A leader in an organization can’t do everyone’s job. Instead of micromanaging, strong leaders use organizational leadership to coordinate, communicate, motivate and delegate among employees and team members. For comprehensive organizational effectiveness, each individual needs to be seen as a contributor, with the leader at the helm.
Most importantly, best-practices leadership involves keeping employees motivated throughout the process, adapting your scope or strategy as necessary, and developing an effective communication strategy.
Some people never make it to the other side because they’re more successful at being doers. This is a crucial point in determining if you’re going to move up the ranks.
Browse our articles, tools and advice on best-practices leadership.
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A better future for America includes a retooling of the CEO pay machine that now includes salary, stock, options, “non-equity incentives” and other perks—in other words, a machine out of sync with employee compensation.
Here are the four biggest mistakes by social media marketers in search engine optimization, and how to avoid them.
Many 3M engineers, production staff and salespeople doubted that any market existed for Post-it notes because scrap paper was already free. But Art Fry persisted, proving that all great ideas still must be sold.
Even though Spencer Rascoff has launched two big Internet firms, Zillow and Hotwire, he knows he still has much to learn. That’s why he seeks out successful CEOs and asks them about their success.
Knowing which customers are spending more or less is the ultimate metric for tracking and analyzing performance. Understanding customers starts with collecting data, and then translating data into insights to be more relevant—and loyal to—your customers. Ask yourself and your leadership team these questions.
What to do in a situation where it’s obvious your company screwed up royally?
Oscar-nominated director Ava DuVernay (“Selma”) says mainstream leaders must embrace diversity, and that women and people of color need equality in getting second chances. Here’s how she challenges conventions.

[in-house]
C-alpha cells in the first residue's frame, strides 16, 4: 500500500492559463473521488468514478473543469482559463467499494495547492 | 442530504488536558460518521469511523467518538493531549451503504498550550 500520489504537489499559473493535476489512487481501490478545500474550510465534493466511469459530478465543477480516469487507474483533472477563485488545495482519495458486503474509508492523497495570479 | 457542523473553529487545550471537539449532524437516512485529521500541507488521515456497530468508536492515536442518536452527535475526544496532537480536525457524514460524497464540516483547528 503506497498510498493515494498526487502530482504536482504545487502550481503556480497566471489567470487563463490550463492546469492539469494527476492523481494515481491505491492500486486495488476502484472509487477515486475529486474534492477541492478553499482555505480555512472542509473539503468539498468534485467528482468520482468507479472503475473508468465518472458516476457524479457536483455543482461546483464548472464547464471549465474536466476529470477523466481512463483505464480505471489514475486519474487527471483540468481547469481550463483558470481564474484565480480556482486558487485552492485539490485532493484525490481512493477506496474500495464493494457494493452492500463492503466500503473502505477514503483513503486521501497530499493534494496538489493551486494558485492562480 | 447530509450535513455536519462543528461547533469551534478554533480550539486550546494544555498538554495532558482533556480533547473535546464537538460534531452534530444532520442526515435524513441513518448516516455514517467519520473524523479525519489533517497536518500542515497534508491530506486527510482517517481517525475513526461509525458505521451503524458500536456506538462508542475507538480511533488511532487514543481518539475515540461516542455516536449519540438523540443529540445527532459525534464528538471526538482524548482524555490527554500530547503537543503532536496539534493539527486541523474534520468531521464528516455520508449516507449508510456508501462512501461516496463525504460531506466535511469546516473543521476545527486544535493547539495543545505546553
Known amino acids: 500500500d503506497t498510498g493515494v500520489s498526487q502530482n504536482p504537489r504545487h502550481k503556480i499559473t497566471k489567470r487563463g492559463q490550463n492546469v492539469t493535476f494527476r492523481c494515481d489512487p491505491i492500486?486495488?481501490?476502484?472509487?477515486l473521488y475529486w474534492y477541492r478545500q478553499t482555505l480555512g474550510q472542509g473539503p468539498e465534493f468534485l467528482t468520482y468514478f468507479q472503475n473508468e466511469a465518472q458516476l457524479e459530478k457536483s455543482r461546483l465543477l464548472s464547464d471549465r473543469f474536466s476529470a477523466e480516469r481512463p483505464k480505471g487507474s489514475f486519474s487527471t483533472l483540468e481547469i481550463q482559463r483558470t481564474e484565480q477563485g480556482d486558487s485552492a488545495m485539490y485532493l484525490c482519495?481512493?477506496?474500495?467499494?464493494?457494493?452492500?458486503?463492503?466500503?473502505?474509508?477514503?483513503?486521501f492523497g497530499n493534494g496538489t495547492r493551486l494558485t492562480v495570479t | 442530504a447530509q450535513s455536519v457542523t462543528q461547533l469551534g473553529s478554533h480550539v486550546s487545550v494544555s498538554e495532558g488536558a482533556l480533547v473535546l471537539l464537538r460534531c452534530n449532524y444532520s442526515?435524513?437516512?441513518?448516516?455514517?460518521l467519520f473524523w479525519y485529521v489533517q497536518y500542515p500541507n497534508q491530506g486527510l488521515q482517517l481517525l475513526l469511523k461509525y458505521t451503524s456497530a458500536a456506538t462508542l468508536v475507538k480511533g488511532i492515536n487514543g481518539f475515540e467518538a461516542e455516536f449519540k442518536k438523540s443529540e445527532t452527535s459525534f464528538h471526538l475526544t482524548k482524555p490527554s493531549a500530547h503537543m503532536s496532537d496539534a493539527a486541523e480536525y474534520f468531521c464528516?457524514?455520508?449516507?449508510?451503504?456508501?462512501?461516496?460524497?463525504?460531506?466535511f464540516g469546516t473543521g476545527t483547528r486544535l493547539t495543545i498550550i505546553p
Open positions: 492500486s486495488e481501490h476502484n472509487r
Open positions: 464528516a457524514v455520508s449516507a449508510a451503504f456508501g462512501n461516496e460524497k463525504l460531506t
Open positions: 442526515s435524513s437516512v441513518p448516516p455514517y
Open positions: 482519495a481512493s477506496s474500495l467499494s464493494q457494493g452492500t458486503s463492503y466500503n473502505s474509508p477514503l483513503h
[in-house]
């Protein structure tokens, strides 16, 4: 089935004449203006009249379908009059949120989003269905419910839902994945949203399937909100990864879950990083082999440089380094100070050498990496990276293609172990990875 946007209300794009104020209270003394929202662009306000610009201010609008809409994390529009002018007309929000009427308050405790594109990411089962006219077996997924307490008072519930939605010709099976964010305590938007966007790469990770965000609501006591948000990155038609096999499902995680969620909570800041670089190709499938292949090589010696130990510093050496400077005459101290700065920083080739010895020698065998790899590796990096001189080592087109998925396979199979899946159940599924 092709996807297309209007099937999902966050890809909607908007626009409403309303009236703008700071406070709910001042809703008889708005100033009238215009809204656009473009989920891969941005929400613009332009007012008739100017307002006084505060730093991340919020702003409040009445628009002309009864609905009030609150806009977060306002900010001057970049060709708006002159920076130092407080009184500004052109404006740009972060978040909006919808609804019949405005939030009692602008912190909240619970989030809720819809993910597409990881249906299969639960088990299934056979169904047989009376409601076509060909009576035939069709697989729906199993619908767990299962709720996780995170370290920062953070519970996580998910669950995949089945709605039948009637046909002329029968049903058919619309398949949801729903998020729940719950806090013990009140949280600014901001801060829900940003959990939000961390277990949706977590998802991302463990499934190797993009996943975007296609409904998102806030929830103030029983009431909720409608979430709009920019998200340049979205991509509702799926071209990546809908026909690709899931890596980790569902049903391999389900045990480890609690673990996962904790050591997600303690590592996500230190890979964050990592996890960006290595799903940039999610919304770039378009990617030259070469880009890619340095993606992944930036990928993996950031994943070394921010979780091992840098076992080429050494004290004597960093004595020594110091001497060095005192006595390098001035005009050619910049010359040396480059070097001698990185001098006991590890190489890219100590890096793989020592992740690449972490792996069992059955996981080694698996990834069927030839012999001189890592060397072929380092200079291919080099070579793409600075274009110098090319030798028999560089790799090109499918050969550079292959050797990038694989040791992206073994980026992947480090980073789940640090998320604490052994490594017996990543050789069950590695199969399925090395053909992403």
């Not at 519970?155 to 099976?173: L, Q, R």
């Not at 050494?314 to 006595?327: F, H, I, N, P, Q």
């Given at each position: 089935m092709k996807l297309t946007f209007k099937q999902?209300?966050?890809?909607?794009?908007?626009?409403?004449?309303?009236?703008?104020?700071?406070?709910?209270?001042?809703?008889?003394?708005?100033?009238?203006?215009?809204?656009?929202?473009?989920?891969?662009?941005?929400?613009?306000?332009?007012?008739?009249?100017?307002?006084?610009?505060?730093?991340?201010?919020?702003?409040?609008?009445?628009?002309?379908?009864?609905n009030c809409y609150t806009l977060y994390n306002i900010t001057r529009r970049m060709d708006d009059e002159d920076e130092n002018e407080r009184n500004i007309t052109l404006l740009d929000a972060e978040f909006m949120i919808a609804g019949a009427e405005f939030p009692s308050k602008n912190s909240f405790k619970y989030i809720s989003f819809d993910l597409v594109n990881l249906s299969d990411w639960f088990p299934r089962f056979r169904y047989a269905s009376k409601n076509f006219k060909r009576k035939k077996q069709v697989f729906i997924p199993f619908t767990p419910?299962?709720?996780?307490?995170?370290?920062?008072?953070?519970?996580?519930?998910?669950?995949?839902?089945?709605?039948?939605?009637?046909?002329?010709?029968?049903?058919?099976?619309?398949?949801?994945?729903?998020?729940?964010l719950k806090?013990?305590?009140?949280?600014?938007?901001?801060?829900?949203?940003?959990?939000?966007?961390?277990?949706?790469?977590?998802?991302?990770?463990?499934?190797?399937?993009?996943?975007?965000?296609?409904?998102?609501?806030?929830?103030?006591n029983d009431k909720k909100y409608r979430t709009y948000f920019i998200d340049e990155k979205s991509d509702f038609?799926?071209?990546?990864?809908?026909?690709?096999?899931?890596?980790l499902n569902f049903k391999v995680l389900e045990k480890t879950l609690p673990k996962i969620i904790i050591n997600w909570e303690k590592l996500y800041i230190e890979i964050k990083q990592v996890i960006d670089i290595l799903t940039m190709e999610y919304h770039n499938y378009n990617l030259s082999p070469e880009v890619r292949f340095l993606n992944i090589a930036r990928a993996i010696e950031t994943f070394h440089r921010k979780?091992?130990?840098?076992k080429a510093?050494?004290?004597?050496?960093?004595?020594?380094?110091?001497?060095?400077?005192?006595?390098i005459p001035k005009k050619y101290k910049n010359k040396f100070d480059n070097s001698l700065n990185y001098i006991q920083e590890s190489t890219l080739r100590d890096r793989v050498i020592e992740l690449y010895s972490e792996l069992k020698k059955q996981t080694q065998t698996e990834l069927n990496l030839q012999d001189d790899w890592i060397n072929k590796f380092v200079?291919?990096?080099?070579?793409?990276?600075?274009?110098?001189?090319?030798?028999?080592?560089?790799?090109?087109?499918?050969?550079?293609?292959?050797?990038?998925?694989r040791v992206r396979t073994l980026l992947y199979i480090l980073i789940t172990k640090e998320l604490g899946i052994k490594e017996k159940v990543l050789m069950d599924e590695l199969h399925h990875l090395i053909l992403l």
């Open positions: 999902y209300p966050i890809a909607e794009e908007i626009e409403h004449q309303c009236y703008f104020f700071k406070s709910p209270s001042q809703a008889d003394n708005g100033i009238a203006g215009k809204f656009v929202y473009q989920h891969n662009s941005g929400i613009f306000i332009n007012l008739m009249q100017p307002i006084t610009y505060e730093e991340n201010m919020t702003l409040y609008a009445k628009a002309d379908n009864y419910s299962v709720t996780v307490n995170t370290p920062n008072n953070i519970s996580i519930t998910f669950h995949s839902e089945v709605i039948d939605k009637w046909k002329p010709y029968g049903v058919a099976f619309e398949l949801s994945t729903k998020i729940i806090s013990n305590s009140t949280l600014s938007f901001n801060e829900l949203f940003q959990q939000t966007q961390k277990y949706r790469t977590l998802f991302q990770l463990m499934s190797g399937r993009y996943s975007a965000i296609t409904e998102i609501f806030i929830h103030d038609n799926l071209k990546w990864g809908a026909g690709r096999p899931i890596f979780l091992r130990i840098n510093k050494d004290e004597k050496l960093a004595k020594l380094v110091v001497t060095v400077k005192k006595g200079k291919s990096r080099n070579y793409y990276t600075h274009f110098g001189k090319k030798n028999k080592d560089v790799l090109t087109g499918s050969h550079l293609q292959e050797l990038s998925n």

Sometimes, team members need or want favors—to come in late, leave early, pass on an assignment, get a deadline extended, etc. But how do you accommodate such requests without leaving other team members grumbling?
Becoming a boss for the first time has serious consequences for both the individual and the organization.
Perhaps you’ve heard that innovators think “outside the box.” That’s old news. Given the complex interconnectedness of today’s economy—and technology’s ever-expanding reach—there’s a new way to approach innovative thinking.
James McCann pounced on a deal without thoroughly investigating the seller or analyzing the financial details of the transaction. Soon after completing the purchase, he realized his mistake.
While there’s no guarantee Gavin Patterson would have uncovered the extent of his company’s accounting fraud if he had spent more time there, his lack of involvement didn’t help.
“Work hard” is one of the cardinal rules of success. For what that means, listen to big-time columnist Jimmy Breslin.
What keeps Elon Musk up at night is not futuristic at all. It’s the overstuffed parking lot outside his office window.
Jorgen Vig Knudstorp has been Lego’s “master builder” of the company’s turnaround since 2004. At the time, Lego was losing $1 million a day. Now it’s the world’s most profitable toy company.
In 2006, Greg Satell confronted a big problem. He helped run a Ukraine-based company whose main product, a popular magazine called Afisha, was in decline.
Catastrophic failures aren’t usually caused by one or two big mess-ups but by a series of cascading errors. So it was at this year’s Academy Awards, where a number of factors contributed to the wrong movie being announced as Best Picture.
A new data-rich report from Deloitte focuses on risk management and the various obstacles that can effect the board and C-suite. Download “Taking aim at value: Avoid overconfidence and look again at risk.”
For Ramin Djawadi, the composer of “Game of Thrones,” the hit TV show, the creative process never shuts off.
Alberto Alessi analyzed the 300 projects he had led up to that point in his career. His goal was to identify what elements contributed to his most successful innovations. He isolated four.
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